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126 Fact File
Introduced at the 1972 Turin show the 126 can be considered a development of the 500. While it retains the basic layout of the 500 with its two cylinder engine, the body was completely re-designed into a mini four seater.

Production continued in Italy and abroad until 1991. 594cc, 652cc or 704cc engined versions are available. By 1982 production had topped 2,720,000 cars. So it has to have something going for it.

The original 126 engine capacity was increased over the 500 from 499cc to 594cc giving a 5bhp increase on maximum power to 23bhp. The gearbox has synchromesh installed on its three upper ratios. 126 Ratios give it a top speed of 65mph. The fuel tank has also been relocated under the rear left hand seat, rather than under the bonnet (as in the 500). Also 12inch wheels make for slightly less jittery drive than the 500 on rougher surfaces.

In 1978 the 126 engine capacity was raised to 600cc and then 5 months later to 652cc. Two versions – the “Personal” and “Personal 4” were introduced – the latter having a two person rear bench seat rather than a storage shelf. External dimensions were increased through the addition of black resin side rubbing strips and larger front and rear bumpers. Brakes were upgraded to 128 versions, softer springing and higher output alternator were also included. The interior was improved with better seats, and driving positions, dash and steering wheel.

From 1978 to 1980 various body colours and exterior trim change were offered in “Special Series”. These included black and silver, then also red and silver, and tan versions.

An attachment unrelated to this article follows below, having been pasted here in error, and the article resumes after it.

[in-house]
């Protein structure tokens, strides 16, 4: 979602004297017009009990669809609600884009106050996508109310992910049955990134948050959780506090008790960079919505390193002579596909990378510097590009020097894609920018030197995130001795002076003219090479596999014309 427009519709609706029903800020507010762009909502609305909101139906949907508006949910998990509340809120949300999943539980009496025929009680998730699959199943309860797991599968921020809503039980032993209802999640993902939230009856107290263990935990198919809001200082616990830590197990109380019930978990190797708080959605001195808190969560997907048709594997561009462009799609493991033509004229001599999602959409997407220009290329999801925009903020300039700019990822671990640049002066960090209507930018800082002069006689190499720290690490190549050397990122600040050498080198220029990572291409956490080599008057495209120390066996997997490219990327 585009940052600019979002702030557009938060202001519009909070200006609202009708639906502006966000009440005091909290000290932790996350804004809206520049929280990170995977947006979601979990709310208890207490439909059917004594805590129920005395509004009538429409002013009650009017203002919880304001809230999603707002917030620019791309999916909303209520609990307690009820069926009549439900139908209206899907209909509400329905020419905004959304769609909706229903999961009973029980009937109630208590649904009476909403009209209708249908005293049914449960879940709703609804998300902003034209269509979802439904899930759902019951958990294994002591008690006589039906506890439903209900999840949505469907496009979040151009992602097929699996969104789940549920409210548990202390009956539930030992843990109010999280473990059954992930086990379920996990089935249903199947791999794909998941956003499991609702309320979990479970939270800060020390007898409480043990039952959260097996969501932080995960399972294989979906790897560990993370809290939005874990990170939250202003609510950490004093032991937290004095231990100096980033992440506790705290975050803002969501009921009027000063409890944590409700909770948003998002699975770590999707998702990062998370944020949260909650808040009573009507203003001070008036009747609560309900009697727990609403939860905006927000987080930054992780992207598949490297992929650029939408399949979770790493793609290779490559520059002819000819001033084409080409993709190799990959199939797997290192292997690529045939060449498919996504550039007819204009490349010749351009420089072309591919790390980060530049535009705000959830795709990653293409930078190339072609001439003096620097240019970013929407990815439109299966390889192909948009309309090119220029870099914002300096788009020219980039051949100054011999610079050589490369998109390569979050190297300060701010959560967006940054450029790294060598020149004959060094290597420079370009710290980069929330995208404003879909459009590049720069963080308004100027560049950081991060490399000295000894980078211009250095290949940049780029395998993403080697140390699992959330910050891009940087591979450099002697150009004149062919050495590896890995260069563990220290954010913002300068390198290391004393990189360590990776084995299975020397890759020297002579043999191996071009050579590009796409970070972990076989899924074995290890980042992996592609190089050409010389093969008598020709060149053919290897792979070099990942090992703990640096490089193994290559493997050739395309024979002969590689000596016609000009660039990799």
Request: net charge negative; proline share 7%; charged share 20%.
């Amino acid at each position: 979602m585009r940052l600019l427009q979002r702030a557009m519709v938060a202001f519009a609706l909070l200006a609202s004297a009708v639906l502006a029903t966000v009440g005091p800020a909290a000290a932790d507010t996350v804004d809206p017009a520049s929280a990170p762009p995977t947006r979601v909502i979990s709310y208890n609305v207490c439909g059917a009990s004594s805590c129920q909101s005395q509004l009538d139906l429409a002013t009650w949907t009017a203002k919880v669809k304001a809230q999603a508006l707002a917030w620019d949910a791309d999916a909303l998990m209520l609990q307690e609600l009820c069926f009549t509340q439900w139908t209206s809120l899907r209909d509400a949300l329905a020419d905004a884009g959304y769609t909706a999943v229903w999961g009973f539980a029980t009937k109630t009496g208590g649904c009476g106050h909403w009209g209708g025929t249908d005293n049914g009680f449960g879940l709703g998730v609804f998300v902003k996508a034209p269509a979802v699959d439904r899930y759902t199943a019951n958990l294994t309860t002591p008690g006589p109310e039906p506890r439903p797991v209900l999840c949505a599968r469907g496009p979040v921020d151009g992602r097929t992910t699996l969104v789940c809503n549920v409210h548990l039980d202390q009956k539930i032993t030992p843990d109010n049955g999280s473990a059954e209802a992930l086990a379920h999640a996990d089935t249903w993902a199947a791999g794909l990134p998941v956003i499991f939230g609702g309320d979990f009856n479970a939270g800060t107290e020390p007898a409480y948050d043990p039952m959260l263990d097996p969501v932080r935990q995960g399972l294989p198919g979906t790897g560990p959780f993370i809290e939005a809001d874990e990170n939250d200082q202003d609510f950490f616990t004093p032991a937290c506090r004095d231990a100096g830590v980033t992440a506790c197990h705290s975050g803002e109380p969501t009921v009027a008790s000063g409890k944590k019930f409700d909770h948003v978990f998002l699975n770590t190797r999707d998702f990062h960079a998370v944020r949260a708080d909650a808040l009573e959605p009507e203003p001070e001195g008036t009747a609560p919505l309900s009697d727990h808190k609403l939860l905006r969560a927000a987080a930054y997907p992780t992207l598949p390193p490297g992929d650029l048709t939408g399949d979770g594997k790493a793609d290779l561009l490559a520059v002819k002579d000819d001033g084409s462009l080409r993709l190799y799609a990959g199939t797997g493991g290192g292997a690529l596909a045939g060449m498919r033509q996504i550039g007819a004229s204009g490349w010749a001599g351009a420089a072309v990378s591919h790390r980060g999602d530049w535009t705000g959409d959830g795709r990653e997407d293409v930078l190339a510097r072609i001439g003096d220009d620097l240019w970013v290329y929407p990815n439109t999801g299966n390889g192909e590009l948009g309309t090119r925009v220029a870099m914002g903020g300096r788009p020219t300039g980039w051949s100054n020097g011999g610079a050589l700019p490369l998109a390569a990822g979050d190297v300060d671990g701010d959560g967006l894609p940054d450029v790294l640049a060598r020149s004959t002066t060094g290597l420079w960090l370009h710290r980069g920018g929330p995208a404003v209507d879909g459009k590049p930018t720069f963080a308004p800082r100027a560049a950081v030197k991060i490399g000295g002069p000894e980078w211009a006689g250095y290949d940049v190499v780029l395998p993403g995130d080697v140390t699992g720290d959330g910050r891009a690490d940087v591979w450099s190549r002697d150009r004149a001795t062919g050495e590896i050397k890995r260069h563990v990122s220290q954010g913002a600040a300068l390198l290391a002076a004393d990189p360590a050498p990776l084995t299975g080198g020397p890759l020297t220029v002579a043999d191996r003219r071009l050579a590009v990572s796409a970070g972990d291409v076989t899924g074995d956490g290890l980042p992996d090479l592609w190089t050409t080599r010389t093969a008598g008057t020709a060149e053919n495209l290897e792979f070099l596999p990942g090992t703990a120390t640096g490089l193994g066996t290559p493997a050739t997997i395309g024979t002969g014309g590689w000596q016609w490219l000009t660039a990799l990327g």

126 Driving and Owning
This one tended to have so many foibles you really needed to love it to stay with them. Had a poor reputation for build quality and interior trim fragility. Noisy slow and cramped, (a bit like a few race cars I’ve driven then).

Gear change and the box is too delicate with a tendency to stick. The 500 suspension didn’t seem to transfer well into this package. Small and light but rollable - so on-the-limit antics are not recommended. Oh and it tends to rust too - everywhere.

Lack of synchro on first and modern traffic pressures (getting out into gaps, starting at the front of queues etc) tend to mean first and second gears get clobbered – check the drive train – 1st and second gears, clutch cracking and spring failure, diff cracking. If the 126 is tuned the diff tends to be a weak point.

Why have I a nasty feeling that I’d have been saying the same about the 500 twenty five years ago? Could this one ever make a 500-like comeback?

Its cheap and because of the 500 series, mechanically quite well known in the UK. Makes it just about an ideal project for a bike engined conversion then. Where’s that Fireblade engine I stored in the garage last year? – You certainly won’t be missing many of the creature comforts if you did! Low running costs and insurance (providing you don’t stick that bike engine in).

Masochism may need to be high on the long term owner’s agenda. Or if you’re tiring of 500/ 600 high prices and like this one’s angular shape instead you can pick the best up for £200 to £400.

A budget of £4k would utterly transform one of these – based on the 600 development and tuning routes, Panda larger engines, Abarth 500 tuning gear, X1/9 layout if you don’t fancy the bike engine route. But you’d need to really love it. You'd need to start with the brakes and suspension first - and a roll cage. If not, prepare to be overtaken by kids on skate boards.

Types of 126


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